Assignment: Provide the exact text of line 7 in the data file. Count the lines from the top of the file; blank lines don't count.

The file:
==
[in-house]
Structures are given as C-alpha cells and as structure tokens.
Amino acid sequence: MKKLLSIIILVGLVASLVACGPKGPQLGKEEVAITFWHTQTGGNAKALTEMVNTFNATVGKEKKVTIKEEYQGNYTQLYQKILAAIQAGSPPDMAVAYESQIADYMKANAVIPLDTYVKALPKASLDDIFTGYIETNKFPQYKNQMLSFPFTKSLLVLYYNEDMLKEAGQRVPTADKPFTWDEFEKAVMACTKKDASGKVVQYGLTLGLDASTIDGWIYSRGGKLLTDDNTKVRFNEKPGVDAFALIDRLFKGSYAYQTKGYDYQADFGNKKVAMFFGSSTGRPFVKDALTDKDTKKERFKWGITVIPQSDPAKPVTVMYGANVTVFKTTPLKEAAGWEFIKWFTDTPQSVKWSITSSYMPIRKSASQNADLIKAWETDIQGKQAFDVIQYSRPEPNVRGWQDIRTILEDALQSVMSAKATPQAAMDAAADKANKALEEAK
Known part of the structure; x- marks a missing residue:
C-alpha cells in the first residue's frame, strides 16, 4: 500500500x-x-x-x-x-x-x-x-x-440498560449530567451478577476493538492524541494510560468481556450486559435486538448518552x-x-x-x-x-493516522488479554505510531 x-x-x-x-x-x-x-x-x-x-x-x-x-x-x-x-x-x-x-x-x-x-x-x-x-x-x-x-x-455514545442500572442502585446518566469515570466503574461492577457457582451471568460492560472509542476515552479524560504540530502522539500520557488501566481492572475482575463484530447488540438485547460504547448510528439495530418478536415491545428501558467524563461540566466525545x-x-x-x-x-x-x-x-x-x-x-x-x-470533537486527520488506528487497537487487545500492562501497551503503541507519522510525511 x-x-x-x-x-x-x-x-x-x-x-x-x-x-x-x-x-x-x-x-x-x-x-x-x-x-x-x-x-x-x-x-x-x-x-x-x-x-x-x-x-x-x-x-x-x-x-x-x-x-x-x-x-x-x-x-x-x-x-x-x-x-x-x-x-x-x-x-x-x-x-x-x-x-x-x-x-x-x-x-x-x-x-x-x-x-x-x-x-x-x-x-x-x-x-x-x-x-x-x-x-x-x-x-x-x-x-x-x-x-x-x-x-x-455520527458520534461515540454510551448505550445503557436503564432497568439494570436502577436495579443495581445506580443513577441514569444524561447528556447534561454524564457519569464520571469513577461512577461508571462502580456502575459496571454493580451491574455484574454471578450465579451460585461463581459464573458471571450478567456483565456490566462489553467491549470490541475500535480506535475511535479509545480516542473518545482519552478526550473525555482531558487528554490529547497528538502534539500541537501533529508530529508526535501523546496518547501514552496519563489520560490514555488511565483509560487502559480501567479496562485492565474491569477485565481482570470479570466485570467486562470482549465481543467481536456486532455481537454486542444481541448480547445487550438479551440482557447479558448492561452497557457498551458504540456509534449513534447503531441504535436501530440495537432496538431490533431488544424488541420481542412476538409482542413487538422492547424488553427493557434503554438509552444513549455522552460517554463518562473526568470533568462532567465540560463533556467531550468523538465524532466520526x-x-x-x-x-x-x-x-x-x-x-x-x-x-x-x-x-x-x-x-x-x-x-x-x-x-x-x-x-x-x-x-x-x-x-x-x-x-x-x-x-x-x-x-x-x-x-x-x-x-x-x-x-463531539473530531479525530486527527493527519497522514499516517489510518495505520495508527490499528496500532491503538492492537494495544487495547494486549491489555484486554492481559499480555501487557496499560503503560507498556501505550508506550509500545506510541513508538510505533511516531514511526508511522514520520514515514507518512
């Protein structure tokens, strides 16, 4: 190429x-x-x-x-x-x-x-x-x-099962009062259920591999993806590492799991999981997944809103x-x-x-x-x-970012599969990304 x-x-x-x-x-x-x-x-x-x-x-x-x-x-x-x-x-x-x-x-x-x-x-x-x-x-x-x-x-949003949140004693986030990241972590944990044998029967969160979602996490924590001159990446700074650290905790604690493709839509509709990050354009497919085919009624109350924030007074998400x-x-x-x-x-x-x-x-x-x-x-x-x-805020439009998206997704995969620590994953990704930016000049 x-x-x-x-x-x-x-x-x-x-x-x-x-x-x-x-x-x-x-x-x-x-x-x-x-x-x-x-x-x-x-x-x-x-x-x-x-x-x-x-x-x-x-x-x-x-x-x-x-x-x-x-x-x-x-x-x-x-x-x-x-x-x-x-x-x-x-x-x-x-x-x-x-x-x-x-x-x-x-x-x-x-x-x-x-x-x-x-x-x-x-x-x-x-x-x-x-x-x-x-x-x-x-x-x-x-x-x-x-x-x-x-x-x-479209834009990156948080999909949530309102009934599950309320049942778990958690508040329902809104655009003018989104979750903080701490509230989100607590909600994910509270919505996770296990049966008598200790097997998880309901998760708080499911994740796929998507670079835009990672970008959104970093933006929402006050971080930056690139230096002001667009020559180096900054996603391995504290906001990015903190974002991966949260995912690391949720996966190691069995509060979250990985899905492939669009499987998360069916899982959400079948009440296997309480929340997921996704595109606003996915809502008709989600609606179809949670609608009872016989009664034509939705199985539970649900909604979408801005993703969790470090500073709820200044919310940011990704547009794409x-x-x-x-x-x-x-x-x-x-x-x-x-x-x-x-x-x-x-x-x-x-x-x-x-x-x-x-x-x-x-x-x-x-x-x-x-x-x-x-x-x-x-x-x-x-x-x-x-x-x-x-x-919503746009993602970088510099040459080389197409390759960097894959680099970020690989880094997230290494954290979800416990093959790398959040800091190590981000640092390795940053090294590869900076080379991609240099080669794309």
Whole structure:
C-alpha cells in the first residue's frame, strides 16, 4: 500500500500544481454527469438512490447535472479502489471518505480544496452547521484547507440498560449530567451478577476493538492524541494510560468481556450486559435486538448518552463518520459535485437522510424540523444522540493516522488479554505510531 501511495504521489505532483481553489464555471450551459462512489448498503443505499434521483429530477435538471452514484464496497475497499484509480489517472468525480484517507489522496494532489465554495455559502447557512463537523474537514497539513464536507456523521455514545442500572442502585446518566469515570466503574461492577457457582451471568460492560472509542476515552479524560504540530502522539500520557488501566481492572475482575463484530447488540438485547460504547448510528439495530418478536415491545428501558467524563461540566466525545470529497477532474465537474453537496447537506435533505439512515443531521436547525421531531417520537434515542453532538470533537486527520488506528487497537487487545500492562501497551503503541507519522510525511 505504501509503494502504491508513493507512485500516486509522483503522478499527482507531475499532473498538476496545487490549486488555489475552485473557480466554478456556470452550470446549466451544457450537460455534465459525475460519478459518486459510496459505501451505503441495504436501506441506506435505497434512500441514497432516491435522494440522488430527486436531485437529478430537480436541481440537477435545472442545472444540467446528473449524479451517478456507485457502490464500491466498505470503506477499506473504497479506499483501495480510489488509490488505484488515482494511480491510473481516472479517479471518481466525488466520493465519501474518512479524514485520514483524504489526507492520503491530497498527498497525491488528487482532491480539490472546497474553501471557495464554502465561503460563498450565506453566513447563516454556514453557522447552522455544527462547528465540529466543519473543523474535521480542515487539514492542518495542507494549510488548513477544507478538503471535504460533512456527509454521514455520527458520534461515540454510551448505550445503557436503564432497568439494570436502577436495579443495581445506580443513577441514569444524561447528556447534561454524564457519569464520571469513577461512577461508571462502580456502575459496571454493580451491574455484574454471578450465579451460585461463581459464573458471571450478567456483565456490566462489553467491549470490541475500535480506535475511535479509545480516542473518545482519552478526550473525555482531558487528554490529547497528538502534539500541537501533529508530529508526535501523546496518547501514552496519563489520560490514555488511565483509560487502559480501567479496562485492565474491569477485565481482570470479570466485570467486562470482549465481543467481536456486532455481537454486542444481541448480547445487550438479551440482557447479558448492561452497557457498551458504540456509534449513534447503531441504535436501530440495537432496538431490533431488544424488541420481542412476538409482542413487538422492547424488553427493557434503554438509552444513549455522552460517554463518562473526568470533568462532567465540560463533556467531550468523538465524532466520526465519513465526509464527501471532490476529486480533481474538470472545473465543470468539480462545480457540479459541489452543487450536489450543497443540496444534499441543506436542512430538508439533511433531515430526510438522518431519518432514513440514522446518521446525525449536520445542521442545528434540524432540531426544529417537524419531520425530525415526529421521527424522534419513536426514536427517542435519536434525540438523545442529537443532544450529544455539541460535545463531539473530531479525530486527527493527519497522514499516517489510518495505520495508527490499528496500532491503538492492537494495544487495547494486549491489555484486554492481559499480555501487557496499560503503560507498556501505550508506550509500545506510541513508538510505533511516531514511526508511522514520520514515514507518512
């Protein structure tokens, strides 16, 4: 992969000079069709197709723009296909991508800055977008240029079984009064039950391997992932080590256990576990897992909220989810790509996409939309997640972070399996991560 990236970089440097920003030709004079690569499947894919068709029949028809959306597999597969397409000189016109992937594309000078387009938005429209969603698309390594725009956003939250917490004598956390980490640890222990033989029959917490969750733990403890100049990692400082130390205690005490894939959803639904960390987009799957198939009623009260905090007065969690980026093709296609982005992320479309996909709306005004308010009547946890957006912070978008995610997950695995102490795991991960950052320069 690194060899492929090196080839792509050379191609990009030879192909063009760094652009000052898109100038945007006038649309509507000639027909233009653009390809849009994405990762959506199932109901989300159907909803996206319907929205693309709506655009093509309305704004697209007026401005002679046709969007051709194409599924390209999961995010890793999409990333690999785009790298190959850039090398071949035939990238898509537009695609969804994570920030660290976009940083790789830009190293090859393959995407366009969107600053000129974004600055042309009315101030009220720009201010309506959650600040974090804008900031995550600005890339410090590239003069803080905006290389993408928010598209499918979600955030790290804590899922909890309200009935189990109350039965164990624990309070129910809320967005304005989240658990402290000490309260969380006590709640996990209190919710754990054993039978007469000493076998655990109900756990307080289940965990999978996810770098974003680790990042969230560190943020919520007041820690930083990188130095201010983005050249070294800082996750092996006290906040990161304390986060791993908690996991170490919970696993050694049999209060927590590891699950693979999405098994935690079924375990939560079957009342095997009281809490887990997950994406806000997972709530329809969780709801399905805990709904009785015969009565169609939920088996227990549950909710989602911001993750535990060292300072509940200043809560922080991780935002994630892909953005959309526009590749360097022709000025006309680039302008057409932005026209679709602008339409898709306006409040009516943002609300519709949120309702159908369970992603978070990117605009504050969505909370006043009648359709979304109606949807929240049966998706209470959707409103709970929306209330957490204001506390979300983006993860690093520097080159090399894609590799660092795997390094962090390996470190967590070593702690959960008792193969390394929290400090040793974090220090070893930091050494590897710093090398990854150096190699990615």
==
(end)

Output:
Whole structure: